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  5. Love your kaya looks.I failed in making kaya twice....zzzzzzzzz

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  6. I never heard of kaya, that sounds like something interesting to explore. I love the illustration, did you draw that? That's quite impressive!

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  7. thanks for the illustrations :)
    Ive been thinking of doing kaya for awhile.. so thanks for the recipe and inspiration :)

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  8. Nice kaya!! wish to try some ^^

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  9. I've never had coconut jam, but I think trying it for the first time by way of this bread would be a taste treat!

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  10. You are always introducing me to new things! I have never heard of Kaya before this post. So interesting!

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  11. Wow bread looks marvellous, never had kaya,thanks for sharing..

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  12. you made your own kaya?!! wow!! i heard that it requires many hours to get it done. Fantastic job!!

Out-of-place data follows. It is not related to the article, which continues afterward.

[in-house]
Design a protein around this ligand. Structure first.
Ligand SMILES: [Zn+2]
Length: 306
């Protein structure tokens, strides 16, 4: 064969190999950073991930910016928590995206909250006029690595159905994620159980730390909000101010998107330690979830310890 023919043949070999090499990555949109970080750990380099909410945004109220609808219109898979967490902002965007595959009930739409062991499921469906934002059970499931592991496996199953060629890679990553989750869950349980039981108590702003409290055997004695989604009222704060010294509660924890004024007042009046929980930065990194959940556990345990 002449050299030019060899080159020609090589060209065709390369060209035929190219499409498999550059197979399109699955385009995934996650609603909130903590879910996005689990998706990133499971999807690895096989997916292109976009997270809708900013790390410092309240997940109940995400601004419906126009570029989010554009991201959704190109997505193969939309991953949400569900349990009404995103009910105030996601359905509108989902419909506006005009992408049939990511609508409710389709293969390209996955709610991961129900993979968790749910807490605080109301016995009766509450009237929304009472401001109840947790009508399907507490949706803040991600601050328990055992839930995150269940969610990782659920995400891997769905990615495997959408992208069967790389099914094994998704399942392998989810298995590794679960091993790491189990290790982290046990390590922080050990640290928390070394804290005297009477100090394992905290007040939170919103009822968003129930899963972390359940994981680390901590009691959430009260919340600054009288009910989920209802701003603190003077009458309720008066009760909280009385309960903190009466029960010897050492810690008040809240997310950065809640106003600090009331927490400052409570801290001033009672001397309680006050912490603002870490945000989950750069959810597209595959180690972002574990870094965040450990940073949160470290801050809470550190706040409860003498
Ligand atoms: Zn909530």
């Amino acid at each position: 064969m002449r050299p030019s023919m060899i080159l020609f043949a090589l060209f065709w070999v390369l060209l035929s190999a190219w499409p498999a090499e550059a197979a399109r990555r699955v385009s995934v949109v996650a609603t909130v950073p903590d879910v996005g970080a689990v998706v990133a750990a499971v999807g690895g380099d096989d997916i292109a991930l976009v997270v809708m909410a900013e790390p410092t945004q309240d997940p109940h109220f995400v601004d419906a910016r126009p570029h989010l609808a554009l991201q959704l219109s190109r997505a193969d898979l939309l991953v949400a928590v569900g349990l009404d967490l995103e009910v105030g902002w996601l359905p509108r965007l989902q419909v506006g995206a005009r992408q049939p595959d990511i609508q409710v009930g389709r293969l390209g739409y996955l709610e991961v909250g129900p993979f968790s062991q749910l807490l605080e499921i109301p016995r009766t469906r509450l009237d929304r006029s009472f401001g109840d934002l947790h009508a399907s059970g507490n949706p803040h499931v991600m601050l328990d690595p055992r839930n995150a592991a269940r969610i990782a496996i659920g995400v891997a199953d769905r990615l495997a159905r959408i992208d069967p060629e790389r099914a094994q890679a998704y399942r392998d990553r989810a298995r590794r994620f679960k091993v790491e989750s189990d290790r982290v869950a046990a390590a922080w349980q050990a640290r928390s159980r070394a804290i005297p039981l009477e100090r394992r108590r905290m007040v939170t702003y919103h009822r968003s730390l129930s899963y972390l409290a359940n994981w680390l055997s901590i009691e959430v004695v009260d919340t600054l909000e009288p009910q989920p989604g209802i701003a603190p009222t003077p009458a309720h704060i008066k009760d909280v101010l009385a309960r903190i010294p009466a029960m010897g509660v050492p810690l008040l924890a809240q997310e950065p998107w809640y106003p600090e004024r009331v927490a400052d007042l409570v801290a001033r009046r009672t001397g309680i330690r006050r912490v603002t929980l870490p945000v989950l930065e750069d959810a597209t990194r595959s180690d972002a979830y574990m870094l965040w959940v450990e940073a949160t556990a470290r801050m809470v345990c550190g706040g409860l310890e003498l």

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  13. What a beautiful bread! The filling sounds so good =)

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  14. Feel like licking the kaya off the screen...mmmm. Bet the buns sure taste superb with homemade kaya!

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  15. You are like the Queen of baking bread! Please don't get upset at my next post (coming out next week) when I bought premaid dough instead of making it myself. o:)

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  16. I am so in love with this! Your illustration is so cute! Thanks for sharing dear! hug Hug...

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  17. The prettiest kaya bread I have ever seen!